seven men to be shot lined up against the wall. They were pale
and thin, but did not look unduly worried. They might have been
on the pavement of the main street of a city waiting for a bus,
or part of a dole queue. Yet they were going to die.
I was there as an official army photographer.
The pictures I took would go into the records, and could be used
as propaganda to dissuade other would-be insurgents. I looked
through the viewfinder of my Nikon, which I’d already placed
on its tripod, but the red light came on, an indication that there
was not yet sufficient light to take a picture. The executions
were to take place when it was fully light.
I lit a cigarette to while away the time.
It tasted good in the grey early morning coldness. This day put
me in mind of other days when I had had to rise early. Getting
up to milk the cows on my uncle’s farm. Beating the other
early birds to be the first caddy who got a round on the golf-course.
It was odd to think that for years since then, I had slept through
this special time. And for years to come would probably do so.
The commander in charge of the executions
was growing impatient. He was a stiff, cardboard-cut-out figure
to whom I had taken an instant dislike. Although he stood only
a few yards away from me, we ignored each other, as though divided
by a concrete wall. In any case, the circumstances were not such
as were conducive to small-talk.
Some yards away, a small group of soldiers
stood huddled together, a collective mist rising from their breath.
They looked an unlikely firing-squad; much more pathetic, in fact
than those they would be responsible for killing. Fear drove them
into a herd. The men against the wall, on the other hand, stood
alone, muttering sometimes to their companions, but mostly aloof
and resigned with dignity to their fate.
I stamped on my cigarette-butt, and looked
again through the viewer of my camera. This time, the red light
did not come on. I began with a straightforward shot of the seven
men against the wall, which formed part of a bombed-out house.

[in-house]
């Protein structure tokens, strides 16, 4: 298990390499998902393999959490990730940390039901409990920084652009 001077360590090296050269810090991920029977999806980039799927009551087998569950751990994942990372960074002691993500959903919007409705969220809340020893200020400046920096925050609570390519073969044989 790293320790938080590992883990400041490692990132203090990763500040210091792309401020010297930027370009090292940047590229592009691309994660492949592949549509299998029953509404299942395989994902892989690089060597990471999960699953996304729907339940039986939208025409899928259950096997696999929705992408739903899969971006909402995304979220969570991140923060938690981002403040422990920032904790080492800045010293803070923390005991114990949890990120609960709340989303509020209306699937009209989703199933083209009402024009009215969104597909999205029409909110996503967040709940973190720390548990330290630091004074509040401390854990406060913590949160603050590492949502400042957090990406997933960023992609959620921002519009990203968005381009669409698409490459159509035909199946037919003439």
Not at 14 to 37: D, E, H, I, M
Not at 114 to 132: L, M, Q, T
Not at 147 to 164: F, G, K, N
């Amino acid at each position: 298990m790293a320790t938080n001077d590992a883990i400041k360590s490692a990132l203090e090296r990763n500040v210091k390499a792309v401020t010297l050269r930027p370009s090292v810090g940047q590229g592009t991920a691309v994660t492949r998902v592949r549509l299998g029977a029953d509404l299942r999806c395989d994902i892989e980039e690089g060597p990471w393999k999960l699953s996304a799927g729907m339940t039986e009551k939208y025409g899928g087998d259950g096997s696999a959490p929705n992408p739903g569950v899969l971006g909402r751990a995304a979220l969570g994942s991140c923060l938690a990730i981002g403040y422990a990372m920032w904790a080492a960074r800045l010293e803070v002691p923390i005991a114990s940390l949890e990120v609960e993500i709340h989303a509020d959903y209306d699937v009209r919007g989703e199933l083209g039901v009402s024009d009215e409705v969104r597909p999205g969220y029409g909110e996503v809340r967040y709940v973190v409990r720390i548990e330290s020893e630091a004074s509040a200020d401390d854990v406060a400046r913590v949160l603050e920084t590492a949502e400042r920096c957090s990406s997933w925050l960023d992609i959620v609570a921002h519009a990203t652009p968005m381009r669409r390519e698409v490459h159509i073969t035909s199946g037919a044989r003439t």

In the brightness, I could now see their faces more clearly. They
stared stonily at me. I resisted the temptation to ask them to
It was a perfect picture. The wall behind
them, pockmarked by bullets formed the ideal backdrop to the seven
gaunt figures which faced me. My heart beat as it always did when
I knew I was on a winner. Excited now, I reached for my zoom-lens
and began to take close-ups of their grey, lined faces. There
was definitely something special about this early light.
Then I began to experiment, taking shots
of their boots, of a hand clicking its fingers impatiently, of
the profiles of two men talking, of another taking a last drag
from a cigarette. I worked with increasing urgency, knowing that
at any moment the commander would decide that the moment was right,
step forward, and tell me to leave.
Trying to insert a new film in my camera,
my numb hands dropped it. I cursed, picked it up, inserted it
and began to press the shutter urgently, faster and faster, moving
around the camera at random, no longer looking at what I was taking,
not even sure if it was in focus. I was in a state of excitement
such as I had not known for some time.
Finally, the second and last film ran out,
and I picked up the camera and the stand. I had no intention of
watching what was to follow. As I walked away, the commander began
barking orders at the men, who slowly and unwillingly made their
way to meet their enemy.
Feeling elated, I crunched over the stones
of an unfinished road on my way to the prefab where the jeep which
had brought me awaited. I was halfway there when the shots rang
out. Immediately a flock of geese blazed up out of nowhere and
showered the sky. Momentarily shocked by their glory, I wasted
precious moments before reaching for my Brownie, which I always
kept handy, and when I took the shot, the moment had passed.
In any case, I was in such a hurry that
the angle at which I held the camera was completely wrong, and
when the picture was developed it showed only grey, empty sky.
Taken from ‘Roughly Speaking’
(1991), pages 16-17.